Despite the fact that whiplash patients often report they had their head rotated or were in a twisted posture at the time of impact, the effect of these postures on the cervical muscle response to impact remains uninvestigated in impact studies. Prior impact studies have positioned the volunteers in the recommended driving position, for example, with head and trunk in a neutral posture. Using an approach of sled impacts with volunteers in very-low velocity impacts to describe the head kinematics and cervical muscle electromyography in response has provided a wealth of data. From this approach, the effect of varying impact direction and level of impact awareness can be discerned without subjecting the volunteers to injury. In part 1 of this review, a further series of results of impacts from eight directions is presented, revealing that the cervical electromyography response to whiplash-type impacts varies according to the presence and direction of head rotation. In part 2, additional data is summarised concerning whiplash-type impacts from 8 directions in the presence of trunk flexion. Contrary to a popular notion, head rotation or trunk flexion at the time of impact are factors that probably reduce injury risk. This data adds to attempts to approach an understanding of the human response to more complex scenarios of low-velocity road collisions. © 2005 Elsevier Ltd. All rights reserved.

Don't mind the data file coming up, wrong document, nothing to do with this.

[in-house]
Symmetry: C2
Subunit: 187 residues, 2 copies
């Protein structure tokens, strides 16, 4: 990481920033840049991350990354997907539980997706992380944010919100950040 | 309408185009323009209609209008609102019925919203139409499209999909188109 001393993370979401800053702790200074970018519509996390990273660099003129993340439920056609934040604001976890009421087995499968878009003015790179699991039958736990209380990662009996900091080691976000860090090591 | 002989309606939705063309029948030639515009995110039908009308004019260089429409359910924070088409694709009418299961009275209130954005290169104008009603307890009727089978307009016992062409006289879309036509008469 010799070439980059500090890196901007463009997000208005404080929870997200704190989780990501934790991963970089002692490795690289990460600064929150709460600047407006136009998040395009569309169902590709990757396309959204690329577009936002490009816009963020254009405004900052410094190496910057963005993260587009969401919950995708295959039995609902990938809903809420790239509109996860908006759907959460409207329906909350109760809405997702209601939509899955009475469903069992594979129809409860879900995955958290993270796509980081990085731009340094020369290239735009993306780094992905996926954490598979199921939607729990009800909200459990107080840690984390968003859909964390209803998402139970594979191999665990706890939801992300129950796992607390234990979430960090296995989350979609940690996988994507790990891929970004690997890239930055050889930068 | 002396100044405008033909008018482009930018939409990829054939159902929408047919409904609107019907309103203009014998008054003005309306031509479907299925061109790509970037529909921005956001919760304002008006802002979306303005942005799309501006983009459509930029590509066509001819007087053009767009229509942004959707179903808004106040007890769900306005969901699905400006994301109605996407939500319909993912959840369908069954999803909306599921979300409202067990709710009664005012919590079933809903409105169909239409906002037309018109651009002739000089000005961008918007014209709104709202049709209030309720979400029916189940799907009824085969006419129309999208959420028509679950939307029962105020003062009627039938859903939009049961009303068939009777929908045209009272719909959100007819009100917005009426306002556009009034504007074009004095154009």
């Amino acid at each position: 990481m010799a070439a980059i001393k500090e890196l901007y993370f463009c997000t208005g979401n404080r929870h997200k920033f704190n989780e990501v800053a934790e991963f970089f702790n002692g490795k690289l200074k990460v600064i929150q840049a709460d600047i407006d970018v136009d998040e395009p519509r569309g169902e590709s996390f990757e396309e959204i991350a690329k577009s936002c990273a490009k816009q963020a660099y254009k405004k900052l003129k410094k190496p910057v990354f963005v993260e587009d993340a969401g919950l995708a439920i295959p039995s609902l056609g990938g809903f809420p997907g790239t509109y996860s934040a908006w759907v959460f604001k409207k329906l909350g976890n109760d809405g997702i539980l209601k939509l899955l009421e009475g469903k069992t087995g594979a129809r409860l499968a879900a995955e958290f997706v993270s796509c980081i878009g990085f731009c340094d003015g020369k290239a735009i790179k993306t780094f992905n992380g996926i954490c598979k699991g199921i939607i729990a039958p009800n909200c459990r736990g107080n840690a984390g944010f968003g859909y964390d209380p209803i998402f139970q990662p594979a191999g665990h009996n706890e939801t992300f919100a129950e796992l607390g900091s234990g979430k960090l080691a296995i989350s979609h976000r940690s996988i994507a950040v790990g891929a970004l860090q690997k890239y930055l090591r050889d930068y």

Mendeley saves you time finding and organizing research
Choose a citation style from the tabs below